I was told that the following does not work:
Employees having children will be granted a day off.
However, this sounds better:
Having children, those employees will be granted a day off.
What is wrong with the first clause?
There is nothing technically wrong with either sentence, as far as I can see.
Subjectively, I prefer the first one, as it is more simple and closer to normal conversational English.
The second example, in my opinion, is a needlessly complex way of avoiding the first version. It would be much better to avoid the problem entirely and say:
Employees with children will be granted a day off.
However! There is a school of thought that discourages the use of present participle with the verb to have when talking about possession.
"I have a car", not "I am having a car". "He has a daughter" not "He is having a daughter".
In standard British or American English this is true. The sentence is completely comprehensible, but would be considered odd in normal conversation. In English spoken by people from the Indian subcontinent, however, I believe it is a common and acceptable regional variant.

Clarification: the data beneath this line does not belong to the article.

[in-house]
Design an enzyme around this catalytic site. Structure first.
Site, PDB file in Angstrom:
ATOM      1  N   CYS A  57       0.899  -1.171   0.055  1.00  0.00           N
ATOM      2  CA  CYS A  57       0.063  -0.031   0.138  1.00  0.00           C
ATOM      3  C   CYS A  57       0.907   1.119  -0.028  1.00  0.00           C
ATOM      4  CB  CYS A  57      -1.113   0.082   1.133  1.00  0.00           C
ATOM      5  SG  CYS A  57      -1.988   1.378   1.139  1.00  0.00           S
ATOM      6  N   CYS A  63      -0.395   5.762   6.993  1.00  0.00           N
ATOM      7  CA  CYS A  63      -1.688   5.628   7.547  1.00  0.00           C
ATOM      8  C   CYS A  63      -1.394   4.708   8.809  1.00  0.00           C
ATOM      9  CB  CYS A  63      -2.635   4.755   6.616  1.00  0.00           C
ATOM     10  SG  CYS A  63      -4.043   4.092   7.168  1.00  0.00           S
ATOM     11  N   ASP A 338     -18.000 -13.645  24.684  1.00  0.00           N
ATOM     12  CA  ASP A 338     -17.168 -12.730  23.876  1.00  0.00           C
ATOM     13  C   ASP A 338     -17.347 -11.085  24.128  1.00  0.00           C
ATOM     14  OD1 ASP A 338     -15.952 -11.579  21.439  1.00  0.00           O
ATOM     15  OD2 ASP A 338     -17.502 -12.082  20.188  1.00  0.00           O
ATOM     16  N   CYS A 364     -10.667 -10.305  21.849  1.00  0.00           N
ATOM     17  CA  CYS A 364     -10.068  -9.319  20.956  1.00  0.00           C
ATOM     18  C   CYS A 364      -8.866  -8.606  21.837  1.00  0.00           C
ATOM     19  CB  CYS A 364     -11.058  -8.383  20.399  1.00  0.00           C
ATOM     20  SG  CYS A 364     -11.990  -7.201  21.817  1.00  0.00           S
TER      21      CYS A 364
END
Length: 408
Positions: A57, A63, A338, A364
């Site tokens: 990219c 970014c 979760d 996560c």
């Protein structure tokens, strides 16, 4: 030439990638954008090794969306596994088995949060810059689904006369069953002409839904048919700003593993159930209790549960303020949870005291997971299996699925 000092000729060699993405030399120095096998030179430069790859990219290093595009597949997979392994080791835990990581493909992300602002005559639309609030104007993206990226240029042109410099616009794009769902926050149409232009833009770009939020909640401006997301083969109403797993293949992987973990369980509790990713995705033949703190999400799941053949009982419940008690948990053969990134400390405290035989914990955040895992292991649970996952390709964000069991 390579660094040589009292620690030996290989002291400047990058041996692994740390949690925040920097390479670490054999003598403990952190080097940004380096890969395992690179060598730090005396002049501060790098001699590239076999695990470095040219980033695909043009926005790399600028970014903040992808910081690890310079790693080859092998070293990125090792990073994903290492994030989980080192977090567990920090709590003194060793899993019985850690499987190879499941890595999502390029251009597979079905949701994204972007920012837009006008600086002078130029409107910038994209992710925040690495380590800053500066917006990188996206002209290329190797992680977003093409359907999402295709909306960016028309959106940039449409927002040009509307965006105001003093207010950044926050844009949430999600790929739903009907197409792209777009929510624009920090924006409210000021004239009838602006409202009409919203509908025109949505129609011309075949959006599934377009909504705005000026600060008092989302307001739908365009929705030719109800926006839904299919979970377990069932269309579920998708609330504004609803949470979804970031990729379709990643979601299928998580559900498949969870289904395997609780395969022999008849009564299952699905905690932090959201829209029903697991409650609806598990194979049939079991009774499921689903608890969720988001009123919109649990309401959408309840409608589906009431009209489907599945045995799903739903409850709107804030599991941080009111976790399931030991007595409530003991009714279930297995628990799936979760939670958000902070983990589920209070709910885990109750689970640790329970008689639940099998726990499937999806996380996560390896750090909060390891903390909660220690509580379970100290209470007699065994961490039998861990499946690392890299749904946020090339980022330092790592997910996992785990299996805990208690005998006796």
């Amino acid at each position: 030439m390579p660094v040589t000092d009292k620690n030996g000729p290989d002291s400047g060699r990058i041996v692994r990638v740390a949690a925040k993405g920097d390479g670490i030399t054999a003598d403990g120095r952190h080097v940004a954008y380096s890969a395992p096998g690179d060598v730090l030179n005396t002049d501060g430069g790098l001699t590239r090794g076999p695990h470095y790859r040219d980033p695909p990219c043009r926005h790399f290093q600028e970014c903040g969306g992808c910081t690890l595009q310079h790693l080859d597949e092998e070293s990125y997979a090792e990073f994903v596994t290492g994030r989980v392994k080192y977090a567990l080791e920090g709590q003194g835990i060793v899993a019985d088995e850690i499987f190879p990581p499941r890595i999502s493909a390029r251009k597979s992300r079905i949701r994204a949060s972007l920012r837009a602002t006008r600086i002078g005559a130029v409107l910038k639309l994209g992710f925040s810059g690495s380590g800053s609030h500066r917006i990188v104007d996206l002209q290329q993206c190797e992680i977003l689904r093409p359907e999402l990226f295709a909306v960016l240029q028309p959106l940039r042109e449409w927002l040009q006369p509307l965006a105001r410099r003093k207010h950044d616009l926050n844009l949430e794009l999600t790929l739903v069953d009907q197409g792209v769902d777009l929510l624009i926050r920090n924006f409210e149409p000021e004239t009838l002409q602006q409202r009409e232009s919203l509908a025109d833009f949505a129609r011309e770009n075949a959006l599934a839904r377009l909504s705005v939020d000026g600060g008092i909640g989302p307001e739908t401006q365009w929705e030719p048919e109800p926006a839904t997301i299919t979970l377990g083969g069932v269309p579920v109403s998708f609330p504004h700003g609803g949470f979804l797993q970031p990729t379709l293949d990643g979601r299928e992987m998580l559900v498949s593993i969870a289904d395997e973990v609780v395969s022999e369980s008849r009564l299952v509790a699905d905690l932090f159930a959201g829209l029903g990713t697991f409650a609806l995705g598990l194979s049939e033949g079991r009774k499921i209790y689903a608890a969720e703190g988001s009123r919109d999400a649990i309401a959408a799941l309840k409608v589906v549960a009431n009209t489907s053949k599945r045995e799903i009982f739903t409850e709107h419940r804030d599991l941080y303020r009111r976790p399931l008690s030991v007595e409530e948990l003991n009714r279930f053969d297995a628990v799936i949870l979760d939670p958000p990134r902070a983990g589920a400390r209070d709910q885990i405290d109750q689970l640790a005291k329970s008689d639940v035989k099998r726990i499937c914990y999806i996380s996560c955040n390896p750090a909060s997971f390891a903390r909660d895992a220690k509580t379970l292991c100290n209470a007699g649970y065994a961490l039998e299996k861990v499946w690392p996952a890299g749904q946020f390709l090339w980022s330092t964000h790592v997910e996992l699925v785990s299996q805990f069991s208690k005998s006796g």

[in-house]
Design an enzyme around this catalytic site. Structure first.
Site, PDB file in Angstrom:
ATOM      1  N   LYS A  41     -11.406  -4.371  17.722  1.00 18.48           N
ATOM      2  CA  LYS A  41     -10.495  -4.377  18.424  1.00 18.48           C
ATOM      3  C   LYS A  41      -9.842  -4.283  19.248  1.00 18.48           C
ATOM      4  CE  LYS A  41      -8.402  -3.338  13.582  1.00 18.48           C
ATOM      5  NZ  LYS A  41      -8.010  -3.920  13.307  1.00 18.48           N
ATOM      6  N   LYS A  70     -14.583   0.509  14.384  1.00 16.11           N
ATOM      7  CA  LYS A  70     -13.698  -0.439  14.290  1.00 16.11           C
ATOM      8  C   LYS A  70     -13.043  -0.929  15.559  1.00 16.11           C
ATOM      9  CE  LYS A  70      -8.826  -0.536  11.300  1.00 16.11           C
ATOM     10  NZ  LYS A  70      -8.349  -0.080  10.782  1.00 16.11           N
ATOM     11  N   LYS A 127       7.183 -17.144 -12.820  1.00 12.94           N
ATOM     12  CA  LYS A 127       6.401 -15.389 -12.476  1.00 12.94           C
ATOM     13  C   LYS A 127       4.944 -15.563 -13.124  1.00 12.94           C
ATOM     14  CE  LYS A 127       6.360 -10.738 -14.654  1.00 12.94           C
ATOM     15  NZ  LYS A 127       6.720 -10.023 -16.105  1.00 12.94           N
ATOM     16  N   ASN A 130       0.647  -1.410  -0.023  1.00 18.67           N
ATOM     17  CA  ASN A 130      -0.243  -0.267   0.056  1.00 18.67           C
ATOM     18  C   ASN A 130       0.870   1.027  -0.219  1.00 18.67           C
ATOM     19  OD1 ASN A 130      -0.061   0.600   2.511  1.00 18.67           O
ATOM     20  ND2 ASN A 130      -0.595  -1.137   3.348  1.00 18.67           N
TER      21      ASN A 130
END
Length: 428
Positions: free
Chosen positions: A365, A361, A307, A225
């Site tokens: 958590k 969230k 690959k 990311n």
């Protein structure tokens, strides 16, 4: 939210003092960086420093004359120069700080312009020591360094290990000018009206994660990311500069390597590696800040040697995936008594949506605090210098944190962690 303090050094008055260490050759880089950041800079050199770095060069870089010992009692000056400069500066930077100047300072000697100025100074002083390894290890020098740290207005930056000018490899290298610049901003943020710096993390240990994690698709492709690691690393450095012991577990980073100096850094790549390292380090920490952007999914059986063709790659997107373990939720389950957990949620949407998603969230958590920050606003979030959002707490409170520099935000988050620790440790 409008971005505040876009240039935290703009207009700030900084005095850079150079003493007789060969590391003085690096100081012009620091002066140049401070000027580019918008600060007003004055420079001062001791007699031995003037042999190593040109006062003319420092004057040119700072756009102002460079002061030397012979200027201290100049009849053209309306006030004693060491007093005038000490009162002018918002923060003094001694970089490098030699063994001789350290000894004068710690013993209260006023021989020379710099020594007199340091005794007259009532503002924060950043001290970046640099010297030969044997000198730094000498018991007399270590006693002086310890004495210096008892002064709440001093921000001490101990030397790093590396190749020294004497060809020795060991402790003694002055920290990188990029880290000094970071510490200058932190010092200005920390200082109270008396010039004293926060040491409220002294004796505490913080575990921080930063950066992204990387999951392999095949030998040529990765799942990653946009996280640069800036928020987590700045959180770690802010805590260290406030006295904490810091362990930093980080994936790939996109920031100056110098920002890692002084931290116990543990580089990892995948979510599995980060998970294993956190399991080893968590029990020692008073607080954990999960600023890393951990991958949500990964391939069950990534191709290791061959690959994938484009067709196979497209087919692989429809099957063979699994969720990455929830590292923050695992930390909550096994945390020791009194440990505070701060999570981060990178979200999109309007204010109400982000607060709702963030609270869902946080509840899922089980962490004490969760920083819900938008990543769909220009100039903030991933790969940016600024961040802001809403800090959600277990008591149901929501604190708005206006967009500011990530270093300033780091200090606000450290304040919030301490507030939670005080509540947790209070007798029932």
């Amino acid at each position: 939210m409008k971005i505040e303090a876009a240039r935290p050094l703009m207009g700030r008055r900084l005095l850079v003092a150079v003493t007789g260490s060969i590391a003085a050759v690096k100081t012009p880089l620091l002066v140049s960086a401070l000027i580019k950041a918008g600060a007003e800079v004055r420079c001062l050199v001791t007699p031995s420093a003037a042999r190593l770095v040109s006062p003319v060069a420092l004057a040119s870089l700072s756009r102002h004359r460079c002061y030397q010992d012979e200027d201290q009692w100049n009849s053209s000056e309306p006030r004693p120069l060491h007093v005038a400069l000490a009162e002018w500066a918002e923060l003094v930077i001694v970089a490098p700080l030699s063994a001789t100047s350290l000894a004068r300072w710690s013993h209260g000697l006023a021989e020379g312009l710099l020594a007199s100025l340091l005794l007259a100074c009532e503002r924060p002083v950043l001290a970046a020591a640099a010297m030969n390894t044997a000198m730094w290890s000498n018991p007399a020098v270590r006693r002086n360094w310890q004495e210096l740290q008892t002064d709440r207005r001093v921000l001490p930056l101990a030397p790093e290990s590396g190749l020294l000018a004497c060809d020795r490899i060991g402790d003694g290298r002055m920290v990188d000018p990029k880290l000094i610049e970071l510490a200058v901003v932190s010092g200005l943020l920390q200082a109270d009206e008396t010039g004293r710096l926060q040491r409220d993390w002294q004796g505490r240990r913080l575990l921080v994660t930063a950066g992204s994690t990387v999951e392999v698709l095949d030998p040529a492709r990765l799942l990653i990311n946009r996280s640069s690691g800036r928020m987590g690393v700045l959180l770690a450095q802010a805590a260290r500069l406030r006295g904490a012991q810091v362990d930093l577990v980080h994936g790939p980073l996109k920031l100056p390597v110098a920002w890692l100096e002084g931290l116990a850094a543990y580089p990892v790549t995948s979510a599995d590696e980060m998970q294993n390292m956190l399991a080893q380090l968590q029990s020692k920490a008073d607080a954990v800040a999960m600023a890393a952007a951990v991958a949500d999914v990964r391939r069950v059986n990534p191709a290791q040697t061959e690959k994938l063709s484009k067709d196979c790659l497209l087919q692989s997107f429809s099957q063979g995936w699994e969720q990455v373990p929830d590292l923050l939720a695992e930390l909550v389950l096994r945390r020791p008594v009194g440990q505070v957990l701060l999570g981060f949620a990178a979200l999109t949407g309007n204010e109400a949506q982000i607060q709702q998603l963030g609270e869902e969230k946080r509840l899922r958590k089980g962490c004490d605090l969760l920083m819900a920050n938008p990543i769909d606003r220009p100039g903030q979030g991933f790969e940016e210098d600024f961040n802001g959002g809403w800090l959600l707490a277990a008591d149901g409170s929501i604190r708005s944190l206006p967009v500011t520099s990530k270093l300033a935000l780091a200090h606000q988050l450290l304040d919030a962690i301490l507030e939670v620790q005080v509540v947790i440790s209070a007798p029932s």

But in your sentence, that is not how 'having' is being used. I think (and some better grammarian than me can correct me if I am wrong) that we're dealing with a gerund clause in the first sentence, not a present participle. 'Employees having children' is a gerund clause which acts like a single noun, and is therefore perfectly acceptable in standard English.
Think of it this way:
[Employees having children](subject, noun) will be granted (future passive verb) a day off (noun, object).
When viewed in that way, the first version is a very simple subject > verb > object sentence.
So if your English teacher told you the first sentence is wrong, you should tell them to Google 'gerunds'. ;-)
More information on the use of "the progressive aspect with habitual actions, completed actions, and stative verbs" in the English of the Indian subcontinent can be found here. In this context it would be perfectly normal to say something like "He was having a car".